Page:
Fiber artist Lindsay Obermeyer has a new best friend: a discarded laundry bag from Beijing. She totes the bag and the yarn inside it everywhere -- to her French class, to the bus stop, to the porch of her home in northwest Chicago where she enjoys the late afternoon sun, as long as she keeps knitting.
At first, her task seems simple enough. Knit 820 feet of red cord about an inch thick for an art performance in Memphis that will connect 500 people wearing knitted hats of all shapes, textures, and sizes. But do the math, and your fingers start aching.
"I can knit one skein of yarn in about three-and-a-half hours, and I need 50 skeins," Obermeyer says. So let's see: If she knits eight hours a day, Monday through Friday, then knitting enough cord for the performance will take an entire month.
"This is power knitting beyond extreme," Obermeyer admits, laughing a little at her ambitious goal. "I have three different pillows for my lap so I can adjust my hands, but they still hurt."
Fortunately for Obermeyer, knitters in Memphis are helping with the hats, cranking out designs by the bag full for "The Red Thread Project" to be held on October 8th at the University of Memphis. At St. Jude's Ronald McDonald House, parents are knitting hats to help pass the time. Storeowners at local yarn shops are participating too, donating materials and teaching quick and easy hat patterns to beginners.
"Most knitters just knit. They don't think of knitting as an art form," says Brigitte Lang of Rainbow Yarns in Germantown, who, along with her customers, has knitted almost 50 hats. "So for them, participating in an art project is fun and it appeals to their creativity."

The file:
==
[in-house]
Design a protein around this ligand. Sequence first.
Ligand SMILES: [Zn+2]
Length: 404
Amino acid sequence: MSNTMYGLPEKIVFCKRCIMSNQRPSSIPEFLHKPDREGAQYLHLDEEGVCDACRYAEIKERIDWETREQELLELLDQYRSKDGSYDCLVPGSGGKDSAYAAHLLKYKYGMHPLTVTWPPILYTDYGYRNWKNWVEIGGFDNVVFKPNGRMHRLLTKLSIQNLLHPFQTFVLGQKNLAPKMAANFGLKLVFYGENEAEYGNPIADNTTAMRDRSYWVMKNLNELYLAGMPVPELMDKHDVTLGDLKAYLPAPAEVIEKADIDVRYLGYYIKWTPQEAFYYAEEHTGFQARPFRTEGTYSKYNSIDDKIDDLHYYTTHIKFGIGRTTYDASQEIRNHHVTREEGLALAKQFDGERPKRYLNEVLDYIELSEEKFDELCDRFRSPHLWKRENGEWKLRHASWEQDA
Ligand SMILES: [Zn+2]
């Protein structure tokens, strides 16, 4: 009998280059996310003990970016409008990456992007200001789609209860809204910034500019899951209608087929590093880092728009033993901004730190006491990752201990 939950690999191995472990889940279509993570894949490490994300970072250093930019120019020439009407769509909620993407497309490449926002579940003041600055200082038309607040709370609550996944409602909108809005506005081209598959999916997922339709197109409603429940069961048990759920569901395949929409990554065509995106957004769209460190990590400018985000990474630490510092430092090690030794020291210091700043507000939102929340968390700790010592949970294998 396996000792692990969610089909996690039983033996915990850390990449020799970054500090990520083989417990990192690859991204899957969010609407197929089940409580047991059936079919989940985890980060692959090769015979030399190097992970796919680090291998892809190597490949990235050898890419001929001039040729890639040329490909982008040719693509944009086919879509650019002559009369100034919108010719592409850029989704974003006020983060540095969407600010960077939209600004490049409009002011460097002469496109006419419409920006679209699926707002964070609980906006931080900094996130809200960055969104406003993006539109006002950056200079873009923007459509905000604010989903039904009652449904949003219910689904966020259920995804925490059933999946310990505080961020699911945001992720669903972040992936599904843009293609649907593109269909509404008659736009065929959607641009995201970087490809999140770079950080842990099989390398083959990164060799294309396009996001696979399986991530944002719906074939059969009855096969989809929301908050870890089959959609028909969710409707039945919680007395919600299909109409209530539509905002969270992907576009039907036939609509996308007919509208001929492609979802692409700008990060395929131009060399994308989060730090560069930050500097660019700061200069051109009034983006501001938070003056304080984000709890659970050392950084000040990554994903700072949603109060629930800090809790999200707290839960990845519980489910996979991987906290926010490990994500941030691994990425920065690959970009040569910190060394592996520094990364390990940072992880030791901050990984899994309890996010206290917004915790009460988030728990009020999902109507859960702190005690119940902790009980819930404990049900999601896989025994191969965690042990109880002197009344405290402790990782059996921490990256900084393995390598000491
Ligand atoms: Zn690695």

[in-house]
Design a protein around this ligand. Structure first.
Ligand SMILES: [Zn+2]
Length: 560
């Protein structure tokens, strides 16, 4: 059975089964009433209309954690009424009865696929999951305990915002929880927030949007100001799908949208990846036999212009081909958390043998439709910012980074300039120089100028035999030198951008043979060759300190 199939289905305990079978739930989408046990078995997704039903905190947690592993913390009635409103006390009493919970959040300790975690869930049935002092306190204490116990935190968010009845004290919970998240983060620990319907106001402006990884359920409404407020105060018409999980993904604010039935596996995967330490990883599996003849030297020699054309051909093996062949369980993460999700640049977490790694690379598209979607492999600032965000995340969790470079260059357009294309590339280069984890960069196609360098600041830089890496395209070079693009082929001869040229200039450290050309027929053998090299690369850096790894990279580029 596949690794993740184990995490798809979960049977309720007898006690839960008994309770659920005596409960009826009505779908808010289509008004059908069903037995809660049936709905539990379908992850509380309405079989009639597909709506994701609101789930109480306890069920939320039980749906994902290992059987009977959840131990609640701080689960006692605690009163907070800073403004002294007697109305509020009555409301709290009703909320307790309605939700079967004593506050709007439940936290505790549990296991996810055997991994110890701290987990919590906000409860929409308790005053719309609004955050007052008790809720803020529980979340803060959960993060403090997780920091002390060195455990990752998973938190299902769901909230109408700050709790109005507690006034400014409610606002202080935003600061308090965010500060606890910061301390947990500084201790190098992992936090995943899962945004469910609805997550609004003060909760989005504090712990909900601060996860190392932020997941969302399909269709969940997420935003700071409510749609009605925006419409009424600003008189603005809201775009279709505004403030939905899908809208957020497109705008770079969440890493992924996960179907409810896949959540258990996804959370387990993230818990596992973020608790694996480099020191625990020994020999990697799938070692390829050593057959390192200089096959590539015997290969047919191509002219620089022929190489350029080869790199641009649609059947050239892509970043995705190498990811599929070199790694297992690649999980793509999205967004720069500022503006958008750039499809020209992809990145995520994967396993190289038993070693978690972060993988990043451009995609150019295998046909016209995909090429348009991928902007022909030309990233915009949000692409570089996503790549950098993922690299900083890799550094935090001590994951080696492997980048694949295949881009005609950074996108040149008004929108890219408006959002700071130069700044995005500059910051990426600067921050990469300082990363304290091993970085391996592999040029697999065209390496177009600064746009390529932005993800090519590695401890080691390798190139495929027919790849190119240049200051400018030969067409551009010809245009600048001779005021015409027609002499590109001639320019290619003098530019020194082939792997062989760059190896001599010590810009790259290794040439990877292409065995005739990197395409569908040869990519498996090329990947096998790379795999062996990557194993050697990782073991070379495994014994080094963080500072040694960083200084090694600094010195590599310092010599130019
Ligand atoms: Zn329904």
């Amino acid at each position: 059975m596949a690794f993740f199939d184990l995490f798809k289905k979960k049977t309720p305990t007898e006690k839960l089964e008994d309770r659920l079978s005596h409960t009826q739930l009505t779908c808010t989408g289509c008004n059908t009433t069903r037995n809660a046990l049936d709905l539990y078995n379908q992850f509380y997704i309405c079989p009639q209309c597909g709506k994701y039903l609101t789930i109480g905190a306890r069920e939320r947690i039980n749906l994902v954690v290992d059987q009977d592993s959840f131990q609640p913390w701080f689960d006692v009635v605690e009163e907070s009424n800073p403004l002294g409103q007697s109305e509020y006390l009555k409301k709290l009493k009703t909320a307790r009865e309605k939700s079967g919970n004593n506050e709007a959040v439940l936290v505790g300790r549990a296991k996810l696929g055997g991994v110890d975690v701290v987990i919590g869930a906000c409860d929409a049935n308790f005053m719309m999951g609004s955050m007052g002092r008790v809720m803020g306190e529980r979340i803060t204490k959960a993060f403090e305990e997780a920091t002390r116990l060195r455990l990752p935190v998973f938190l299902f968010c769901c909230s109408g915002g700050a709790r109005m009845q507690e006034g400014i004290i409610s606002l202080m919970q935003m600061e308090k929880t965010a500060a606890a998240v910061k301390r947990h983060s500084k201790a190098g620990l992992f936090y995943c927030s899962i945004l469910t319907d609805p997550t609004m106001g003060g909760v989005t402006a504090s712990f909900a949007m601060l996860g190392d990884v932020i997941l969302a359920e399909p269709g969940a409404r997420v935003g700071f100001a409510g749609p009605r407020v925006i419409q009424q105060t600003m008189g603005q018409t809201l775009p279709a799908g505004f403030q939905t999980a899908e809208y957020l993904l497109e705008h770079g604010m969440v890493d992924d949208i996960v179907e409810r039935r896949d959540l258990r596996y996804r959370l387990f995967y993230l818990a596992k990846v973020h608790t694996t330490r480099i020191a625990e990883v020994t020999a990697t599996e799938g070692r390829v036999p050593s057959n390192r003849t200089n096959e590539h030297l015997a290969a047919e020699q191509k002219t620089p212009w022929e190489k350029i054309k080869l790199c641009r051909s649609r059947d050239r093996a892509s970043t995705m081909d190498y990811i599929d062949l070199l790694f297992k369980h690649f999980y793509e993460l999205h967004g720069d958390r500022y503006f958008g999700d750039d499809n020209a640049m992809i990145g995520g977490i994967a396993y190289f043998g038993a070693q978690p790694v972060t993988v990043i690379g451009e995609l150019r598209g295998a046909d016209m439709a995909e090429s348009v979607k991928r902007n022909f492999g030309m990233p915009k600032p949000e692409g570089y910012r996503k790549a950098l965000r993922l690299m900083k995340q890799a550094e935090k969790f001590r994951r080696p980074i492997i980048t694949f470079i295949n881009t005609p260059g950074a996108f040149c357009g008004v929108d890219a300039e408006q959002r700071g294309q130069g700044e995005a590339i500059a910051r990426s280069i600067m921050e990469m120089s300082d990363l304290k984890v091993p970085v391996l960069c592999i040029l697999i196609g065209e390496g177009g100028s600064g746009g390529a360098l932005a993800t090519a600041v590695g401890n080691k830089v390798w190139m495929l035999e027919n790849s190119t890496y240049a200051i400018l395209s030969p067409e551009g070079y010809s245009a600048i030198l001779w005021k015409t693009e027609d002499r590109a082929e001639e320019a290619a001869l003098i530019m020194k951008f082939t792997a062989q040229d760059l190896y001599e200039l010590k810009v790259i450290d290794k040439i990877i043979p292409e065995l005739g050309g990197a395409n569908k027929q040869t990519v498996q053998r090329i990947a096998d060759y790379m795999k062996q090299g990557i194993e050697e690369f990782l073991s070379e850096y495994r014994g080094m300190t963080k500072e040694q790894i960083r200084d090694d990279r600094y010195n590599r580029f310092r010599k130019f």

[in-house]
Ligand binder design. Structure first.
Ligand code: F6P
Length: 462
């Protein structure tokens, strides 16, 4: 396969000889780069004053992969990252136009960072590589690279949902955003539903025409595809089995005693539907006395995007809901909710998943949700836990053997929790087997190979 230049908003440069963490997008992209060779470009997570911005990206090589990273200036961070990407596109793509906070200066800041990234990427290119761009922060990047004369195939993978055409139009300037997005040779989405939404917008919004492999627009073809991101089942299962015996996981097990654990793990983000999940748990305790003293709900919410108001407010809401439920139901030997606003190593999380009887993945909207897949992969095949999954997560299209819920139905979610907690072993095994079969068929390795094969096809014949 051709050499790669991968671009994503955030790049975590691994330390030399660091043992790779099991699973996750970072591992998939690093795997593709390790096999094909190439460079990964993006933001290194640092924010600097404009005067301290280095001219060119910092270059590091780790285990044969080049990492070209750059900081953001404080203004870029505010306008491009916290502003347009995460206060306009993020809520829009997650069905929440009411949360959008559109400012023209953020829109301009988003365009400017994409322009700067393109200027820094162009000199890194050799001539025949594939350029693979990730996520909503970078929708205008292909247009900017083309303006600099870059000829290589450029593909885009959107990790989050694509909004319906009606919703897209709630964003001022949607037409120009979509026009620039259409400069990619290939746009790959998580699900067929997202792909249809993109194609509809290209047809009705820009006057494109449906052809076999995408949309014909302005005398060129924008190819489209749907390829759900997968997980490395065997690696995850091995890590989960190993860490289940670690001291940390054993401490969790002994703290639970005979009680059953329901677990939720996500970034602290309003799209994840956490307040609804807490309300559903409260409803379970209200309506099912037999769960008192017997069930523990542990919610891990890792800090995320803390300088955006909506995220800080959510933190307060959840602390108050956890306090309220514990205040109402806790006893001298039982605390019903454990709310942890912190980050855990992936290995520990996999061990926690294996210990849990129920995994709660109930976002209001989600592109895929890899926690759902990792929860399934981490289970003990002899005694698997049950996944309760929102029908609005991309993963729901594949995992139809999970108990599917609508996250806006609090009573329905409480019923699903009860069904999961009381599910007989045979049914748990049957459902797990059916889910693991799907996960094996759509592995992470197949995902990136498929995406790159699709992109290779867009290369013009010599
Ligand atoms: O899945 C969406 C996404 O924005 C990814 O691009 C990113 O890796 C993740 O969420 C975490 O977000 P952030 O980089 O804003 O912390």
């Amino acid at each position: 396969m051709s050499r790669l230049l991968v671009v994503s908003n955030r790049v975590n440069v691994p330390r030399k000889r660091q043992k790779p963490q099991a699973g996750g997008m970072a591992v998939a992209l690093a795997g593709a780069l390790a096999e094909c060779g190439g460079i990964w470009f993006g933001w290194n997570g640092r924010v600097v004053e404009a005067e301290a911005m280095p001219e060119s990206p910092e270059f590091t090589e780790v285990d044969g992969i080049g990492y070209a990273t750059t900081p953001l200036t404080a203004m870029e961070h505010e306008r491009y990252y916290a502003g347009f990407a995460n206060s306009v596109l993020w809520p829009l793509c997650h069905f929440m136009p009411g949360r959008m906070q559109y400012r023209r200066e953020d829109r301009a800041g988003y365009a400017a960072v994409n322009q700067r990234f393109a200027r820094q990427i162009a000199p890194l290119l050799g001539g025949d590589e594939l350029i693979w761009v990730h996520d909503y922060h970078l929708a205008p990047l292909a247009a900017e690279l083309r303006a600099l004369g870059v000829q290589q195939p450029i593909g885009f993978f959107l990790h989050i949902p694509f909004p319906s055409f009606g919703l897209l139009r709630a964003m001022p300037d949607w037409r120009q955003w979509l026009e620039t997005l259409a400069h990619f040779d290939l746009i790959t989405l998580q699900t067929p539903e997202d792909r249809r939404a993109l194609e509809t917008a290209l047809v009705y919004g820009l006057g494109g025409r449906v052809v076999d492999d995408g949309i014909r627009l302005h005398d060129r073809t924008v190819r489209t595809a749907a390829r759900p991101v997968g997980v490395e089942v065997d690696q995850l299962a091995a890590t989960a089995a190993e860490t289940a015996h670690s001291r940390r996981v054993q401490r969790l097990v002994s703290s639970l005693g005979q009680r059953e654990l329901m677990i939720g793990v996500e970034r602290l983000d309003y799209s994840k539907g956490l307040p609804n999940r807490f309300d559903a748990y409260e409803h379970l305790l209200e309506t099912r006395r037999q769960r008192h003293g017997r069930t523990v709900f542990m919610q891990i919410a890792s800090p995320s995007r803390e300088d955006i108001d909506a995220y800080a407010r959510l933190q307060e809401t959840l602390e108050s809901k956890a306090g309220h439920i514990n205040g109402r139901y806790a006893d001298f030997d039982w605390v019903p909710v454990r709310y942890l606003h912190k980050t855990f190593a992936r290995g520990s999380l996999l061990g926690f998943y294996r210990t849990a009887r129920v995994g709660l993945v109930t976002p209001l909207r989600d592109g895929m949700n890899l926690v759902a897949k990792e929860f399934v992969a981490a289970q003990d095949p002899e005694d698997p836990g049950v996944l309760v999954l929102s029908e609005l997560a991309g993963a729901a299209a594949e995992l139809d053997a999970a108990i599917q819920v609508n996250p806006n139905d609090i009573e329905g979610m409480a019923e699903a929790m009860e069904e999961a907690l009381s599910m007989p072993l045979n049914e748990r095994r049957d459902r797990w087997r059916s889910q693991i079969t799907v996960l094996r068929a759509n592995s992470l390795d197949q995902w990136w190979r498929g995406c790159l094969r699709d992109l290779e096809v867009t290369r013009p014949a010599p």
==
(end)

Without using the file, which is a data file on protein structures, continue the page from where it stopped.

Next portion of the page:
Dozens of local students are knitting for the project, as well, including the sixth-grade boys in Darla Linerode-Henson's art class. "They really got into it," says Linerode-Henson, who teaches at Presbyterian Day School in East Memphis. "I've even had boys be late for football practice because they wanted to come by and knit."
The hats are ready now. How will the performance take shape?
Obermeyer, who is driving to Memphis with her bundles of knitted cord and her 17-year-old daughter, Emily, will attach the hats together and direct their installation on the plaza in front of McWherter Library. On Saturday, participants will find a hat, put it on, and learn a simple choreographed procession.
"The entire performance should only take about an hour," says Lisa Abitz, the museum's assistant director. "My only fear is: What are we going to do if it rains?"
Weather aside, a videotape of the performance and the collection of hats will be included in a month-long exhibit of Obermeyer's sweater art. When the exhibit closes in November, the hats will be disconnected again and donated to MIFA in time for Thanksgiving.
"You don't have to knit a hat to participate in the performance, and you don't have to participate in the performance to help disconnect or distribute the hats," Abitz explains. "One of the great things about this project is how it attaches people throughout the community in so many different ways."
Attachment is an important theme to Obermeyer who has developed both an academic and an artistic interest in the connections between textile practices and relationships, particularly the relationships attached to motherhood. Her own adopted daughter lost two mothers by the time she was 7 years old. When she came to live with Obermeyer, she was afraid to be alone.
"I needed to extend my arms, so I knitted a sweater with 15-foot sleeves and tied one to her," Obermeyer says. "That way I could be in another room, but Emily could still feel me."
Since then, Obermeyer has continued to make provocative knitted garments with names such as Joined Together and Long Distance Hug. She uses luminous shades of mohair, a yarn that is both warm and itchy, much like the parent and child bond.
"If you drop a stitch, your knitting falls apart," Obermeyer says. "This is a perfect metaphor for our society: If we shun or ignore the people around us, then our families and our communities start to fall apart too."